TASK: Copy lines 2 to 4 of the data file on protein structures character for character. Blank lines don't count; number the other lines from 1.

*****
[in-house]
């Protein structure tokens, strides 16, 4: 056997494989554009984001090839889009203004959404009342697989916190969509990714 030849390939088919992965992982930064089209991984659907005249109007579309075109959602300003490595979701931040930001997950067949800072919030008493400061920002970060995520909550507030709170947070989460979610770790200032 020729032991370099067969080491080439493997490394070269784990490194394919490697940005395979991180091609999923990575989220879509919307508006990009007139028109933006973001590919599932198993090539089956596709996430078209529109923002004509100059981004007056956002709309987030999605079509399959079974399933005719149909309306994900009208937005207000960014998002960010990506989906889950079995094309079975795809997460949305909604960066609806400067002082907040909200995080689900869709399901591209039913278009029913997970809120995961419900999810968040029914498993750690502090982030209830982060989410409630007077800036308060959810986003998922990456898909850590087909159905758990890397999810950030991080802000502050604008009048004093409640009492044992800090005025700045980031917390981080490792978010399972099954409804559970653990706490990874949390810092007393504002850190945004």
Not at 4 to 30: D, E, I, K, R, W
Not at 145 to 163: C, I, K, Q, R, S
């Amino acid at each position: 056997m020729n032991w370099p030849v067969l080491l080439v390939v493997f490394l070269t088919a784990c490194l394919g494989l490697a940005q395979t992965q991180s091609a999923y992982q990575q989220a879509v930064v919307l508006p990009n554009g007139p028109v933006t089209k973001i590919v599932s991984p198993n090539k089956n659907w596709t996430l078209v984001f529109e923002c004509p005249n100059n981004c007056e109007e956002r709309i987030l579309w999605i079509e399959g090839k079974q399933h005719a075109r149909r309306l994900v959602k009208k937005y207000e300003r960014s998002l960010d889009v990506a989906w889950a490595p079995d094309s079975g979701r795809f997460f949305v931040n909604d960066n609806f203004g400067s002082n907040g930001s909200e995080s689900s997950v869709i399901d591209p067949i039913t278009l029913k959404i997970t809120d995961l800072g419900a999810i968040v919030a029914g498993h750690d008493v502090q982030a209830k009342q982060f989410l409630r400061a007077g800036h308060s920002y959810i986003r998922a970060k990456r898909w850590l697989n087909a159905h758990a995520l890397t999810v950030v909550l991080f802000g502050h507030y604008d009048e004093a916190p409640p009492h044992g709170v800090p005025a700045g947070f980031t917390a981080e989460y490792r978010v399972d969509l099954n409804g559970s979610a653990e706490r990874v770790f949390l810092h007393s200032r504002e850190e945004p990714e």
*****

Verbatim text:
């Protein structure tokens, strides 16, 4: 056997494989554009984001090839889009203004959404009342697989916190969509990714 030849390939088919992965992982930064089209991984659907005249109007579309075109959602300003490595979701931040930001997950067949800072919030008493400061920002970060995520909550507030709170947070989460979610770790200032 020729032991370099067969080491080439493997490394070269784990490194394919490697940005395979991180091609999923990575989220879509919307508006990009007139028109933006973001590919599932198993090539089956596709996430078209529109923002004509100059981004007056956002709309987030999605079509399959079974399933005719149909309306994900009208937005207000960014998002960010990506989906889950079995094309079975795809997460949305909604960066609806400067002082907040909200995080689900869709399901591209039913278009029913997970809120995961419900999810968040029914498993750690502090982030209830982060989410409630007077800036308060959810986003998922990456898909850590087909159905758990890397999810950030991080802000502050604008009048004093409640009492044992800090005025700045980031917390981080490792978010399972099954409804559970653990706490990874949390810092007393504002850190945004």
Not at 4 to 30: D, E, I, K, R, W
Not at 145 to 163: C, I, K, Q, R, S